One of the better indicators that corporate IT groups are starting to get serious about cloud is their growing interest in solutions that help them aggregate and manage multiple cloud services. Some call these solutions cloud services brokerage and management, and others term them cloud orchestration. While the market hasn’t yet converged on a common set of capabilities or definition, the broad category typically includes the following:
Service catalogs – “App Store”- like models that provide users access to internal IaaS and PaaS services and in some cases third-party SaaS apps and infrastructure services as well
Service provisioning – capabilities that support end-user requests, provisioning, and deployment of cloud services
Service integration – data integration services across multiple cloud services, including “cloud-to-cloud” and “cloud-to-ground” models
Chargeback and billing – consumption-based metering and billing of cloud services to internal users, including private services and aggregation of public cloud services spend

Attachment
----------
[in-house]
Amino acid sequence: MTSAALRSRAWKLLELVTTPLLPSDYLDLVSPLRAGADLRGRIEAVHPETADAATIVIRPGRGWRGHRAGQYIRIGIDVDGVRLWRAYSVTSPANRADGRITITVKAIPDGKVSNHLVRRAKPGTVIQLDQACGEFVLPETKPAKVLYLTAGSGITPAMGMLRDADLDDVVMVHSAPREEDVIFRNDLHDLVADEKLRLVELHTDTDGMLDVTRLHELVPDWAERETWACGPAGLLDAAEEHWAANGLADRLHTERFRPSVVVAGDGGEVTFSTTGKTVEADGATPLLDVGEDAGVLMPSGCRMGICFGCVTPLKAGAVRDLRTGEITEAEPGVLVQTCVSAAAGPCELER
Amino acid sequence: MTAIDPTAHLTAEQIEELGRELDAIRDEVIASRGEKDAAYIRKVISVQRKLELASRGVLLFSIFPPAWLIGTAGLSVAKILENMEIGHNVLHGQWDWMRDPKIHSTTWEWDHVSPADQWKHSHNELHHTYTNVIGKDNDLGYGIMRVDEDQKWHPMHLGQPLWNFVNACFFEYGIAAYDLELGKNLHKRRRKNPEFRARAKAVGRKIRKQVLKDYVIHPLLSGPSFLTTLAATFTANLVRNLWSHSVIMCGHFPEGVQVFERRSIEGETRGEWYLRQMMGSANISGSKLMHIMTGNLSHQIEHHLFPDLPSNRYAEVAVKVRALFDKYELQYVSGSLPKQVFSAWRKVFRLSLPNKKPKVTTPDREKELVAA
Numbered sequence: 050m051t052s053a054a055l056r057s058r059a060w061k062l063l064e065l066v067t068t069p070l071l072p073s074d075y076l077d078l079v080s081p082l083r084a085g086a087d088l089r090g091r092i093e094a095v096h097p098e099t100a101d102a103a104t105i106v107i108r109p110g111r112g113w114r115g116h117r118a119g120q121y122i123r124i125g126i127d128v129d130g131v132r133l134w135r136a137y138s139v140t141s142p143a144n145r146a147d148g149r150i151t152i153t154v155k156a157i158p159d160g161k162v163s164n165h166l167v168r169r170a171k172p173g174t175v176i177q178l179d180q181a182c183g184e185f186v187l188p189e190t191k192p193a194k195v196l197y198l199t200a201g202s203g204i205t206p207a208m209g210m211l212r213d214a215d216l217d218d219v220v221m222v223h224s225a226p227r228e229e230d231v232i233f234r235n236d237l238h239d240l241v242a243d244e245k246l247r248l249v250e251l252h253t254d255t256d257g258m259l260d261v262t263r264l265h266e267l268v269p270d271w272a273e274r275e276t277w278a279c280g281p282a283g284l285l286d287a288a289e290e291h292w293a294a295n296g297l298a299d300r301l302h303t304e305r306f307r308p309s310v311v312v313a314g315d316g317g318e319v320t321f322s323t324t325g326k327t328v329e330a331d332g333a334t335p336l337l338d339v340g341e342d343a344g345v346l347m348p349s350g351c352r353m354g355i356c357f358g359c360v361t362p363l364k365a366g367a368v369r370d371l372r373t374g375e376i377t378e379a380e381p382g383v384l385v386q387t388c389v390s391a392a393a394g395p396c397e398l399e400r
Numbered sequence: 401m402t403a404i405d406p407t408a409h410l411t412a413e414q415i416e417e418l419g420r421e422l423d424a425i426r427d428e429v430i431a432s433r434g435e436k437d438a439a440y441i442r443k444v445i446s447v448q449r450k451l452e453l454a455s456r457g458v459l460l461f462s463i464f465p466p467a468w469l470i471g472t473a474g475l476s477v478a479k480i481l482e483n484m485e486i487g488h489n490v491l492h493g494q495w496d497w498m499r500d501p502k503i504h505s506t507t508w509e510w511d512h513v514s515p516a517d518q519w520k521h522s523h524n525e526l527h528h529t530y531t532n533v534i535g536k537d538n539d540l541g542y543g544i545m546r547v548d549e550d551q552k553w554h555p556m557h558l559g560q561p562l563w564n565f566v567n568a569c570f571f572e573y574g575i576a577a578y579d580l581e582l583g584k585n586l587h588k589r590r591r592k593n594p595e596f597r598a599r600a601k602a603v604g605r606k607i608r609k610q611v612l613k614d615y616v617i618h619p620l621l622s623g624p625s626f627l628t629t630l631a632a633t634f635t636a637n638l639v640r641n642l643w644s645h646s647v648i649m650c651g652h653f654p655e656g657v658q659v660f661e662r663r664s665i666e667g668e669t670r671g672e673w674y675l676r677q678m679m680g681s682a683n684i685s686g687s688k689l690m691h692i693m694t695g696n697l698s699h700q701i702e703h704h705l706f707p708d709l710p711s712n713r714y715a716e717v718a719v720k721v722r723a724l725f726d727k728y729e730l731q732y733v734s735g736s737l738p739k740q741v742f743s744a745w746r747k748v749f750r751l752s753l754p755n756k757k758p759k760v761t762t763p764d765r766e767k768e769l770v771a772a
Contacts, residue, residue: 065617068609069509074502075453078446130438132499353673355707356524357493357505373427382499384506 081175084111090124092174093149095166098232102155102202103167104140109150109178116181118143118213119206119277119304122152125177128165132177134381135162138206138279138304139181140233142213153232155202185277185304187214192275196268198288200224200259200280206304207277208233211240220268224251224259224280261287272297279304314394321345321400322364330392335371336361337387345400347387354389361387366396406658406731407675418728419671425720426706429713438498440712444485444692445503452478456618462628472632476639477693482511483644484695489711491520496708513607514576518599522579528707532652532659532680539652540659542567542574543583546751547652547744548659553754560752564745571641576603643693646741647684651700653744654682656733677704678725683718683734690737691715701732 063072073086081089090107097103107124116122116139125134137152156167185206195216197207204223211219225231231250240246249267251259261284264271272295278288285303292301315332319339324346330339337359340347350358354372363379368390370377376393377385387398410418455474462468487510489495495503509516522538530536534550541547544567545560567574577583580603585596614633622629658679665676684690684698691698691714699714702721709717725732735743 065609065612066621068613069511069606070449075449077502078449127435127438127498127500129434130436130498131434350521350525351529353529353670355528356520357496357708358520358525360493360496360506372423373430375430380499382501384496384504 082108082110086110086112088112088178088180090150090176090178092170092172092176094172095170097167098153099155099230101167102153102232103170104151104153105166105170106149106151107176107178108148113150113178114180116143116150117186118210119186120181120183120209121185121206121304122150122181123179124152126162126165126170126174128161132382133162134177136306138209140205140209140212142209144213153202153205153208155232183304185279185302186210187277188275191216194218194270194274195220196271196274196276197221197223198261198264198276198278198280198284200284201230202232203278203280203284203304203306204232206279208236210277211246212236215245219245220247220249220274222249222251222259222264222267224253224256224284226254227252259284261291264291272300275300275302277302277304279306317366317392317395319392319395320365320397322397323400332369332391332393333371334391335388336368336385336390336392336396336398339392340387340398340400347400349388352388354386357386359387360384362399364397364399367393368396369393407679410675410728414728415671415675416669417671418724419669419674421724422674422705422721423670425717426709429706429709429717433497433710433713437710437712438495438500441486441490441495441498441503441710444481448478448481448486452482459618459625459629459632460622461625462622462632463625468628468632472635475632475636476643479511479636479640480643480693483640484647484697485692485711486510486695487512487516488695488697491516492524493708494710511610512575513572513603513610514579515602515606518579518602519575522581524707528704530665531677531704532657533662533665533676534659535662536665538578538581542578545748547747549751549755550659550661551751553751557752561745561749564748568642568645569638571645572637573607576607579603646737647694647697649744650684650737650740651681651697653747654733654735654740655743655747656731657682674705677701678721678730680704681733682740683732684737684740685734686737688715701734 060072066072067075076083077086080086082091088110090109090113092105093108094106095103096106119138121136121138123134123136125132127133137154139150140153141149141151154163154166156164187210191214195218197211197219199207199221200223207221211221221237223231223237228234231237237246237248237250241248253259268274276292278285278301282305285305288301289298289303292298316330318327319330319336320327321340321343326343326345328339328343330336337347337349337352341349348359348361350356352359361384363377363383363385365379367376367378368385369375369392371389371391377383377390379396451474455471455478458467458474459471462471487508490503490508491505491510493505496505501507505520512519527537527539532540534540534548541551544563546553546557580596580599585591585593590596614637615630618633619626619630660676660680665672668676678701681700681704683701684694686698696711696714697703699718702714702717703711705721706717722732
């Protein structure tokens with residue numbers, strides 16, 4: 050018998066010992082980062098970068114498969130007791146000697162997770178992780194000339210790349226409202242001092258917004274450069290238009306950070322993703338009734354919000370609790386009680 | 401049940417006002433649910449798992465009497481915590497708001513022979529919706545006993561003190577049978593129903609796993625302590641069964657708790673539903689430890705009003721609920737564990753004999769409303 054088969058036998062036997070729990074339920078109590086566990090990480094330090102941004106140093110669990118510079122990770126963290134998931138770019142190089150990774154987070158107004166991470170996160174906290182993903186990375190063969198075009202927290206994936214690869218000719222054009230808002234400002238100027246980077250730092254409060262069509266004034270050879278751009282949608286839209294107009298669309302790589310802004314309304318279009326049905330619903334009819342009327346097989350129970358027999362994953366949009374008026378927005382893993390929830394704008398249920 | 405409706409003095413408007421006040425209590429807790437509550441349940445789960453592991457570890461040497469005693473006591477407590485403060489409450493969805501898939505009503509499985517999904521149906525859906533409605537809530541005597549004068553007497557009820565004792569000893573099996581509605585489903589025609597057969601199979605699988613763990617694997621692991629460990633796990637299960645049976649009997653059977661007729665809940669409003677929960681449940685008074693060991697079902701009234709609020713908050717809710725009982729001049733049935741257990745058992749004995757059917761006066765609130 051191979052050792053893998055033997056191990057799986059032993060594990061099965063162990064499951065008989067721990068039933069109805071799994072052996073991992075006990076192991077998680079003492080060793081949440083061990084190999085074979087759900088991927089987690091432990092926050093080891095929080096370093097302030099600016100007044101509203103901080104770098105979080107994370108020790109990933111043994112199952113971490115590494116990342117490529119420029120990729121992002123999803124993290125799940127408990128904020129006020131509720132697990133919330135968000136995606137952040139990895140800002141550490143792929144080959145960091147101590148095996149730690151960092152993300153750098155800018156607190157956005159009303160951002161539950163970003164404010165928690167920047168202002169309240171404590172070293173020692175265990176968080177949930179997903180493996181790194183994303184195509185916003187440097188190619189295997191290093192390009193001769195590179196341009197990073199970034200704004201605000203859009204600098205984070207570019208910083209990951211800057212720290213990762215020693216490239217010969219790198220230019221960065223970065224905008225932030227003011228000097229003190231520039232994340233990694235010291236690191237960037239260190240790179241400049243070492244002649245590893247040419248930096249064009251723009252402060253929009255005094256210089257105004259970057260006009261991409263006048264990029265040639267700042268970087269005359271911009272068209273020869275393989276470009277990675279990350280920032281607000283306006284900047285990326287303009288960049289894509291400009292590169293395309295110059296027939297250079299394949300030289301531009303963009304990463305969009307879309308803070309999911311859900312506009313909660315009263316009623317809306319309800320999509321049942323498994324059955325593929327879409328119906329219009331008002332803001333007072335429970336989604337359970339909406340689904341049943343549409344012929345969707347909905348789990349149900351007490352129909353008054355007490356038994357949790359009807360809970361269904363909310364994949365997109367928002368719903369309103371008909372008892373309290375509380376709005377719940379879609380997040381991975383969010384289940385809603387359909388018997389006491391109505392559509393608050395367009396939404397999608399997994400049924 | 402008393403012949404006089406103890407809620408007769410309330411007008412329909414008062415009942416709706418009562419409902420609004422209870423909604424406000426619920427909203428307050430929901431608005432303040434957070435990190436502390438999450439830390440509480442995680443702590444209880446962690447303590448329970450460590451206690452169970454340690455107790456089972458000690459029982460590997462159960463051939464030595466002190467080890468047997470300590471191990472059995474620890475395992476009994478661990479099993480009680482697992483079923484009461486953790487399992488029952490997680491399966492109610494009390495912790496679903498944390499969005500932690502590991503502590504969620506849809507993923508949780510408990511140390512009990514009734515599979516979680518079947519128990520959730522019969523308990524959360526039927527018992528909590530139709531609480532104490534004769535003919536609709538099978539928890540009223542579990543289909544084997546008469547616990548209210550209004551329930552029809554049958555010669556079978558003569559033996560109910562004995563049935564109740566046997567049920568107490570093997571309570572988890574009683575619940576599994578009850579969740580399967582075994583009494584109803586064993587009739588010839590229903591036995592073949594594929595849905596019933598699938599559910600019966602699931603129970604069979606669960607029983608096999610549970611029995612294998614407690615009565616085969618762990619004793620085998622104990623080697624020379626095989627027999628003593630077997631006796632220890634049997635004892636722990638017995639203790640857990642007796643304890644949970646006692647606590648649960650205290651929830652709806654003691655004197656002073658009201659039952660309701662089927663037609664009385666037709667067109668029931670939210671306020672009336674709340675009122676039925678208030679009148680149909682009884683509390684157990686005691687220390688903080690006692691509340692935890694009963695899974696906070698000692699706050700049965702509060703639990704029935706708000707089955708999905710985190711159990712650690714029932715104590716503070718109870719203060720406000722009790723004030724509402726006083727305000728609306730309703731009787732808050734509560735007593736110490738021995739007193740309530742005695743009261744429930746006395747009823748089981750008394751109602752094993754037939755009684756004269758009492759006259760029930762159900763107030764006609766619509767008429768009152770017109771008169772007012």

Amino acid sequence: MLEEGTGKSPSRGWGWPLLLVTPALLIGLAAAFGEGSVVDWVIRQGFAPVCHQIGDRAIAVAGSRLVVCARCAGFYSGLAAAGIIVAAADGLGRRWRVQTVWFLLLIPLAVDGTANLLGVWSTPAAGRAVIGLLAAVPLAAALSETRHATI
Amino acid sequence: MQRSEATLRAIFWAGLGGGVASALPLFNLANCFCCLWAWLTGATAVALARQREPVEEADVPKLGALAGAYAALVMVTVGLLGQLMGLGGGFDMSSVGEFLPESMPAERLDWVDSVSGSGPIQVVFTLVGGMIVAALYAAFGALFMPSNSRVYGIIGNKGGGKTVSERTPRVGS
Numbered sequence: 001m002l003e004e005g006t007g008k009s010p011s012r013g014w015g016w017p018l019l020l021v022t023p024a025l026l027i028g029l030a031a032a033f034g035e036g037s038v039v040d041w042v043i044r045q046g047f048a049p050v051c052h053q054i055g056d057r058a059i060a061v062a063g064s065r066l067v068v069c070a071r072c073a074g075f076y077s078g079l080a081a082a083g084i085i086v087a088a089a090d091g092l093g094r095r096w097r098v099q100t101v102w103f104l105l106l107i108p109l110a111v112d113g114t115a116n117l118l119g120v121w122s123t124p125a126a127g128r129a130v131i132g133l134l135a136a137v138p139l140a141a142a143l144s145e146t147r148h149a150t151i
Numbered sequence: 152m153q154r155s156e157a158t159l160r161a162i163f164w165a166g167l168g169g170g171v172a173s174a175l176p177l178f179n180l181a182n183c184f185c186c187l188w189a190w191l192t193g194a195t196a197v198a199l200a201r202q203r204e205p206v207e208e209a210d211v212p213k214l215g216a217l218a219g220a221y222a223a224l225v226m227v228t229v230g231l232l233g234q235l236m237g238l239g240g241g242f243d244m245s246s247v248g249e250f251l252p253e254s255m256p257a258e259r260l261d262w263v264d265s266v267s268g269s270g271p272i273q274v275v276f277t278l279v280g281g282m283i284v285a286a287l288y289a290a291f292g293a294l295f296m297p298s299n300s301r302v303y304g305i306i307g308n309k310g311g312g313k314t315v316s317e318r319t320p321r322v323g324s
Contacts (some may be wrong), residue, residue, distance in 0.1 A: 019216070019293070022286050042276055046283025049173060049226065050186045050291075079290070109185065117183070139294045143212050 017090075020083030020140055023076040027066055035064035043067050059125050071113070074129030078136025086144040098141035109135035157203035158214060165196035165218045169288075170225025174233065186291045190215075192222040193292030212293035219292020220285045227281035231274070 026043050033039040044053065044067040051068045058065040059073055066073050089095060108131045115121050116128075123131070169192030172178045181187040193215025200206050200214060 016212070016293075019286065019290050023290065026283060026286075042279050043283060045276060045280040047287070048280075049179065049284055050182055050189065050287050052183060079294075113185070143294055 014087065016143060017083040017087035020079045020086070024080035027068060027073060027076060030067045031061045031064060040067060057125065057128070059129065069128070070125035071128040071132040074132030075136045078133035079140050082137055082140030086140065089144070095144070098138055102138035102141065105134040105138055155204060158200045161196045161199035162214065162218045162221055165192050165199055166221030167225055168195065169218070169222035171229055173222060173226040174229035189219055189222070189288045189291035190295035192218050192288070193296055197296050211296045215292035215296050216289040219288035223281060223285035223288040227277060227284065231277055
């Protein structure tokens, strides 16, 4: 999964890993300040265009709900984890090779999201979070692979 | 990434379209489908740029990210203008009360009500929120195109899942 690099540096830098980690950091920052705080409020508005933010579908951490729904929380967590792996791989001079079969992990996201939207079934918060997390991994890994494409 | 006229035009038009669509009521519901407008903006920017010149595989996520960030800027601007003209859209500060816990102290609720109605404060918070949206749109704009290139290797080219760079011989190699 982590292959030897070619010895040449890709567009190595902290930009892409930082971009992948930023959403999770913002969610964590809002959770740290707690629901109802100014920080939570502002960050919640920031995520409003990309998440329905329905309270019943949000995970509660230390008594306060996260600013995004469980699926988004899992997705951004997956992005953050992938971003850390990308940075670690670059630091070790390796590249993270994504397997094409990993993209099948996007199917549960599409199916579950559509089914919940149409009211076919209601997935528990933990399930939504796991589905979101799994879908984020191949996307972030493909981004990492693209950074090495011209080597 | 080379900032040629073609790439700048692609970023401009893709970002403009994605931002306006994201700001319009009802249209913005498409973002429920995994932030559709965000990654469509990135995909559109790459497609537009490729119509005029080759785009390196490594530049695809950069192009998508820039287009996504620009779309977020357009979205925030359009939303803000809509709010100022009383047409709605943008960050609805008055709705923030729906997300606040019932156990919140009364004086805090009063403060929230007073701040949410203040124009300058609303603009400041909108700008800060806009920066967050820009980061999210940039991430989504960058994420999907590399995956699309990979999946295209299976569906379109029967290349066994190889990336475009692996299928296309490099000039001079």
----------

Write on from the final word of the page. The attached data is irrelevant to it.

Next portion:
Service management – monitoring and management across multiple cloud services, including performance, capacity planning, workload management, and identity management
Sourcing – contracting and sourcing of cloud services across multiple platforms and providers
These solutions are being offered by a wide variety of players, including not only traditional enterprise systems management vendors – which in some cases are just repackaging SOA offerings – but also global systems integrators (SIs) and focused startups.
What’s important about this phenomenon?
First, corporate IT’s interest in these capabilities is, in a way, an implicit acknowledgement that:
Cloud services will be adopted in scale across enterprises
Multiple large scale services will need to be orchestrated and managed